Vikings In The Faroe Islands

The Norse colonisation of the Faroe Islands is documented in the ‘Færeyinga Saga‘ (literally translated as the saga of the Faroese people; also known as ‘The Saga of Thrond of Gate’), an Icelandic saga written in the early 13th century.

Unfortunately, the medieval manuscript was lost in time but several passages from it were written down in other Icelandic medieval manuscripts, specifically in ‘Óláfs saga Tryggvasonar en mesta’ (a compilation of passages from various sagas dating from the 14th century; it mainly recounts the Christianisation of King Olaf Tryggvason, King of Norway from 995 to 1000) and ‘Flateyjarbók’ (or ‘The Book of the Flat Island’ in translation; it revolves around the history of the Norse kings in a similar manner as Snorri Sturluson’s ‘Heimskringla’ does).

A Faroese stamp depicting daily life during the Viking Age. Image source: www.wikimedia.org

Faroese postage stamp depicting daily life during the Viking Age in the Faroe Islands. Image source: www.commons.wikimedia.org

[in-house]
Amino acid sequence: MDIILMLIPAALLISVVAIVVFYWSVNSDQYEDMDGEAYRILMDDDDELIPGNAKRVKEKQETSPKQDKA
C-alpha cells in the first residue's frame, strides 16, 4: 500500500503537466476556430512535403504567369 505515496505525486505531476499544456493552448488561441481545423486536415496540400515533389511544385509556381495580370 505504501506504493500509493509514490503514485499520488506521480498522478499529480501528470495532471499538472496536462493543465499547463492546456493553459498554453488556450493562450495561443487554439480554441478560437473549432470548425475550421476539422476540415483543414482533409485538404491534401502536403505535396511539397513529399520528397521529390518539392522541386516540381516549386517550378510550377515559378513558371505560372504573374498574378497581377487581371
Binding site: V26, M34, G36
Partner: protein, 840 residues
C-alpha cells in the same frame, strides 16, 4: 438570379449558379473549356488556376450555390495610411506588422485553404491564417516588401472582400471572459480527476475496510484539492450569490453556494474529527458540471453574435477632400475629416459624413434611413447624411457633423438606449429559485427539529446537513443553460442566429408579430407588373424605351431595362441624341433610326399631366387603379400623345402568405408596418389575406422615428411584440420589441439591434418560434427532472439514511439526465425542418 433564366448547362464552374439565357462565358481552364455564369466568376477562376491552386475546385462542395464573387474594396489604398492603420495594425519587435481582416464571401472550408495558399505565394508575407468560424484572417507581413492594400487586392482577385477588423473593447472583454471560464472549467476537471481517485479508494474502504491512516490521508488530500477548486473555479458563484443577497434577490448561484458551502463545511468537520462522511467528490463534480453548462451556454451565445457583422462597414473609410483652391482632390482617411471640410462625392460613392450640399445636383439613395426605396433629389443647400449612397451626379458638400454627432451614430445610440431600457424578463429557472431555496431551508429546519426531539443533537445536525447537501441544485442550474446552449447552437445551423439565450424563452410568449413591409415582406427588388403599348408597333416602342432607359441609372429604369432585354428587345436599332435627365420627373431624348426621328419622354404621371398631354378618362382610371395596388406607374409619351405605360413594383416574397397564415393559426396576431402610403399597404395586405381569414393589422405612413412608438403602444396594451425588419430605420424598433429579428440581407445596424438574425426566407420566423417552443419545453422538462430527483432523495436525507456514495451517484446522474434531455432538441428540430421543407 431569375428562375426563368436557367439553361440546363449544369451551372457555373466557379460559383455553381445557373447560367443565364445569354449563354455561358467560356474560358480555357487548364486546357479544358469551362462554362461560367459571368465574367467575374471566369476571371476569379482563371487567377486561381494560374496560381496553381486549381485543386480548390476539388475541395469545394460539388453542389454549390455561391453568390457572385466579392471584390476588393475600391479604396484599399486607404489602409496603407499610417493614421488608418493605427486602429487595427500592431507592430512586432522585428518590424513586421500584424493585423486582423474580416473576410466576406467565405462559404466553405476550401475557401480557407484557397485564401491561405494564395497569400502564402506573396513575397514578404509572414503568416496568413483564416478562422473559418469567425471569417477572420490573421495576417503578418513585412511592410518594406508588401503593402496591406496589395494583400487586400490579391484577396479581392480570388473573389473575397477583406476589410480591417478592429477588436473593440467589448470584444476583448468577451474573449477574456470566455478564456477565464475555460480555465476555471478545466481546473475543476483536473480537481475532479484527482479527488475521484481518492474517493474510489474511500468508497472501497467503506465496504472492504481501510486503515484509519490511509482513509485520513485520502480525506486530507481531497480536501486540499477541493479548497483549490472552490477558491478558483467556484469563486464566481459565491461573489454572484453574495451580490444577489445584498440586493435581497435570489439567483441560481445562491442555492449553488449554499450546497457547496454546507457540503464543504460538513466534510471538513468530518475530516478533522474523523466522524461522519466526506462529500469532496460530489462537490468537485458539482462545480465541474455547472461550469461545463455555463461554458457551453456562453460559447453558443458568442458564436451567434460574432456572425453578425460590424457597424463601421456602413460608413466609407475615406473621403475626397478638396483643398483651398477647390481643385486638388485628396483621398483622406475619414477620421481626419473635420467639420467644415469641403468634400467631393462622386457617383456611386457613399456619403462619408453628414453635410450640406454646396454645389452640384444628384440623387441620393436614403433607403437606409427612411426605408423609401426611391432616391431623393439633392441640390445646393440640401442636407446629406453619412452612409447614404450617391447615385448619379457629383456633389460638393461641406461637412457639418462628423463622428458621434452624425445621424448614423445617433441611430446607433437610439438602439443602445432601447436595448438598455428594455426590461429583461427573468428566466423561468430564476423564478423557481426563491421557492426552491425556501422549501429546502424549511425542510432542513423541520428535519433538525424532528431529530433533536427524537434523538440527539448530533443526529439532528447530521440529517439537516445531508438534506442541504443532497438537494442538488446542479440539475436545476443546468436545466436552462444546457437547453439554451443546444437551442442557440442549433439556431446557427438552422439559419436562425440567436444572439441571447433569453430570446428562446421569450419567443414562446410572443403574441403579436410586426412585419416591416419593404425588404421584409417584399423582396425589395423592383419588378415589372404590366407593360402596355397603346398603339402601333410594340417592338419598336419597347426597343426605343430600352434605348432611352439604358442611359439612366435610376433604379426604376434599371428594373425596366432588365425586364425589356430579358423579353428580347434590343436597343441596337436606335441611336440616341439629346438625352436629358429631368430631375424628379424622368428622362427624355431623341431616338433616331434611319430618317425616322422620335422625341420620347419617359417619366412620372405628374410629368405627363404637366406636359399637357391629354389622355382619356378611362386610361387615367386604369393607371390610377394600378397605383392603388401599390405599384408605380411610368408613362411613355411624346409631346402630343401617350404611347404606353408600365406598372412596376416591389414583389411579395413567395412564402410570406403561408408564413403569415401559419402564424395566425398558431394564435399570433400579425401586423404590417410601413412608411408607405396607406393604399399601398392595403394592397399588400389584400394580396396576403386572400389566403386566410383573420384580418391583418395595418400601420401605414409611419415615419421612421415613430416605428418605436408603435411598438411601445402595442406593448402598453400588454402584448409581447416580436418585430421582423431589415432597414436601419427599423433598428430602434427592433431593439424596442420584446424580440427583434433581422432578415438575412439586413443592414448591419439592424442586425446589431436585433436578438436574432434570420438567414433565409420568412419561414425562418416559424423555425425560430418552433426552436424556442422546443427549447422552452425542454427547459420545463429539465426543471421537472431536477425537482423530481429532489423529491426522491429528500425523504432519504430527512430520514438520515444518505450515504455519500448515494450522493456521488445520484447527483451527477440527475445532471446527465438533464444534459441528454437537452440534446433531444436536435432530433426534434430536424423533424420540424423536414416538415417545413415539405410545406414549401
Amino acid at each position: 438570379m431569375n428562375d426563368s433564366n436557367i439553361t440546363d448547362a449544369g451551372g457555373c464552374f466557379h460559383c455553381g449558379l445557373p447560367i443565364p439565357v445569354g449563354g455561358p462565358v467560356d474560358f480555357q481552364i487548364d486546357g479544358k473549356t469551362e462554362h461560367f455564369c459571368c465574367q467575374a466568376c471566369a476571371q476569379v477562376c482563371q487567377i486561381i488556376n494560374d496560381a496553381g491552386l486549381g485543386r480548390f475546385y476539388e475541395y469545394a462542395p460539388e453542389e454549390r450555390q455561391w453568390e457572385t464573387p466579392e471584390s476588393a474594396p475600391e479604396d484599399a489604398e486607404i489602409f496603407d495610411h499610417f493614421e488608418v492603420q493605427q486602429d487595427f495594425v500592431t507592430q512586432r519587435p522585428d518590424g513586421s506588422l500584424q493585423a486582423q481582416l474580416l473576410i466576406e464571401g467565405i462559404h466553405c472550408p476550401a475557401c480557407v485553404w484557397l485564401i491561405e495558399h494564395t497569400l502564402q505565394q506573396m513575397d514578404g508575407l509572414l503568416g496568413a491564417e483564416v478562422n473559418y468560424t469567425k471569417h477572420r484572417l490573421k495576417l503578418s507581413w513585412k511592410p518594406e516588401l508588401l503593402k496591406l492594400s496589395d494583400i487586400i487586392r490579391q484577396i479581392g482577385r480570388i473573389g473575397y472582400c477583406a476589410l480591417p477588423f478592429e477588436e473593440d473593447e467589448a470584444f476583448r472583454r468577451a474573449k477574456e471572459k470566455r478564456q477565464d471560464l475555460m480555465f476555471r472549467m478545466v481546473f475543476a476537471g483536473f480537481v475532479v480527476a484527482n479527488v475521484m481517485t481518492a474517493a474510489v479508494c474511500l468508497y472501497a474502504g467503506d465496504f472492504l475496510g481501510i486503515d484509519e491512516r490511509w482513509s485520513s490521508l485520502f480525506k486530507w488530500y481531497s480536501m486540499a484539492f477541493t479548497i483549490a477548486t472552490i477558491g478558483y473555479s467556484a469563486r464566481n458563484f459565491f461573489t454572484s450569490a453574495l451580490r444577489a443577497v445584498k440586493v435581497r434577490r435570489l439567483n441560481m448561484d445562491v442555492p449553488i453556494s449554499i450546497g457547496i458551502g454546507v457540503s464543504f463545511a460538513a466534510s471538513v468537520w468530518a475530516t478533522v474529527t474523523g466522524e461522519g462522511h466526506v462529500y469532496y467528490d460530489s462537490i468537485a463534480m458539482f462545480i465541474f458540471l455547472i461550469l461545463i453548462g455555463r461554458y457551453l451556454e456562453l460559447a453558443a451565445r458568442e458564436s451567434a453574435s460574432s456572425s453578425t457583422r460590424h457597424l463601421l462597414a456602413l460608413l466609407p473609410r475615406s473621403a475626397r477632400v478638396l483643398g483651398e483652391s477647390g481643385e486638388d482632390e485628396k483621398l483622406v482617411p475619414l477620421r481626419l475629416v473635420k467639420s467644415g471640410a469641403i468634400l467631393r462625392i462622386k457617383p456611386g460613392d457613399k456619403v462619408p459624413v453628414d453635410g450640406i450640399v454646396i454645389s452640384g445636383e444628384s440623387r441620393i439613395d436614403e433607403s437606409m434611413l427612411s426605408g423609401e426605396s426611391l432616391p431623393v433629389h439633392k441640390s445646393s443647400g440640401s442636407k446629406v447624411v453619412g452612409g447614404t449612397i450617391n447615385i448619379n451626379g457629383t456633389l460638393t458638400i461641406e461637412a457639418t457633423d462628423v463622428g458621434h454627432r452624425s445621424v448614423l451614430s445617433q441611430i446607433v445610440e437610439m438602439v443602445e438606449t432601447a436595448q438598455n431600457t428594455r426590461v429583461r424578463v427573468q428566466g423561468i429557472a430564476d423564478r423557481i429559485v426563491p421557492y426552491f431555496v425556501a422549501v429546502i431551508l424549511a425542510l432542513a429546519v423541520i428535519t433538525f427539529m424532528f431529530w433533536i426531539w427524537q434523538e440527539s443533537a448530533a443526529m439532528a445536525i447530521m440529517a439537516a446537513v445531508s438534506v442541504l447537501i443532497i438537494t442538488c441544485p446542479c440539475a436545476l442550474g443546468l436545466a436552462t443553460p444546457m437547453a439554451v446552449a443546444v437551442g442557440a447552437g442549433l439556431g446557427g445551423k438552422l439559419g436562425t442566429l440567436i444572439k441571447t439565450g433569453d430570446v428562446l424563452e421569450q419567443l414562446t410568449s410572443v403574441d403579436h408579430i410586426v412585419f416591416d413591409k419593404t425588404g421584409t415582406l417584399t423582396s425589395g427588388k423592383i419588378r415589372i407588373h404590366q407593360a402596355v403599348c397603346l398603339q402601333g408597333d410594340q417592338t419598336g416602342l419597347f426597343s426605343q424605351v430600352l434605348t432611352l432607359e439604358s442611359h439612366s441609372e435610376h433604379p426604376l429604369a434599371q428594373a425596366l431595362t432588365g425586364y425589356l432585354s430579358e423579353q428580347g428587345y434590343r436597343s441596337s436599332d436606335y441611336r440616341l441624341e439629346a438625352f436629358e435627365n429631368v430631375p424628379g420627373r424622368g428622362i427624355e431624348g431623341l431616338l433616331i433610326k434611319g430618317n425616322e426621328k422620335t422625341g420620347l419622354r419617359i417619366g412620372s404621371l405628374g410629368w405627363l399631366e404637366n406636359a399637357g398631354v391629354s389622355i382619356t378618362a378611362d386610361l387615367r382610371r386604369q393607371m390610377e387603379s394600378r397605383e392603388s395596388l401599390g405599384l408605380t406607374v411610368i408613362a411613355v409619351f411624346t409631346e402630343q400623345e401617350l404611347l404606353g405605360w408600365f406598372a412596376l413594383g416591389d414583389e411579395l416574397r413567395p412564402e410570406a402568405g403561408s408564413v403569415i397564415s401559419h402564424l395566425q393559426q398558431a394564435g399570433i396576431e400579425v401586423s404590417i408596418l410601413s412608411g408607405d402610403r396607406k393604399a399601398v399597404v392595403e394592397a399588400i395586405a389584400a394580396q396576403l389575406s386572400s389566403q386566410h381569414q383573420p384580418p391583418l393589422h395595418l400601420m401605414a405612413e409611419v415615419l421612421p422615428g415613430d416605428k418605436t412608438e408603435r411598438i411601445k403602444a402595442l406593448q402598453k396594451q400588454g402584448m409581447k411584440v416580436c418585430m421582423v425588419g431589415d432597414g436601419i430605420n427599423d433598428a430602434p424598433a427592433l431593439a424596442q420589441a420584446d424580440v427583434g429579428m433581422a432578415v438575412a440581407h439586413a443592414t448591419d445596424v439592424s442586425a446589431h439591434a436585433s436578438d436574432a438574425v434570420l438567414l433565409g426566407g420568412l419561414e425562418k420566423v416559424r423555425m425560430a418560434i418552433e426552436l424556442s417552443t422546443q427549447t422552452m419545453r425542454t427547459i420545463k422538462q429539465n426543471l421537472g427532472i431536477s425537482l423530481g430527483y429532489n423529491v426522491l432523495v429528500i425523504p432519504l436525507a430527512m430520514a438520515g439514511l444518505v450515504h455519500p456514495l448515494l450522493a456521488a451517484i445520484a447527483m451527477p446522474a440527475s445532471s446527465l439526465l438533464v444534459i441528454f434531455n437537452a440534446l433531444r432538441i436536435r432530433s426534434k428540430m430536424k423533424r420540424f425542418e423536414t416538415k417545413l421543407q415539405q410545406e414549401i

According to recent archaeological studies and also to the written accounts of an Irish monk by the name Dicuil (which date from the Dark Ages), Irish hermit monks inhabited the Faroes long before the arrival of the Norsemen, as it was the case of Iceland.

Faroese stamp illustrating a Viking Age longboat -- known as 'drakkar'. Image source: www.wikimedia.org

Faroese postage stamp illustrating a Viking Age longship. Image source: www.commons.wikimedia.org

A theory has it that these hermit monks were likely part of a Hiberno-Scottish mission sent northward of Ireland and Scotland in order to explore ‘the islands in the ocean north of Britain’ (according to the writings of Dicuil). A competing theory has it that they likely fled from the British Isles because of the incursions of the Norse.

Whatever the cause of the Irish hermit monks’ arrival in both the Faroes and Iceland may be, one thing is for certain regarding the Norse settlement in the Faroese archipelago, namely the fact that the name of the first Scandinavian settler was Grímur Kamban. His name is mentioned in both the ‘Saga of Olaf Tryggvason’ and in ‘Flateyjarbók’ as the Norse discoverer of the Faroe Islands. Nonetheless, the sources are contradictory to the year of Kamban’s departure from Norway.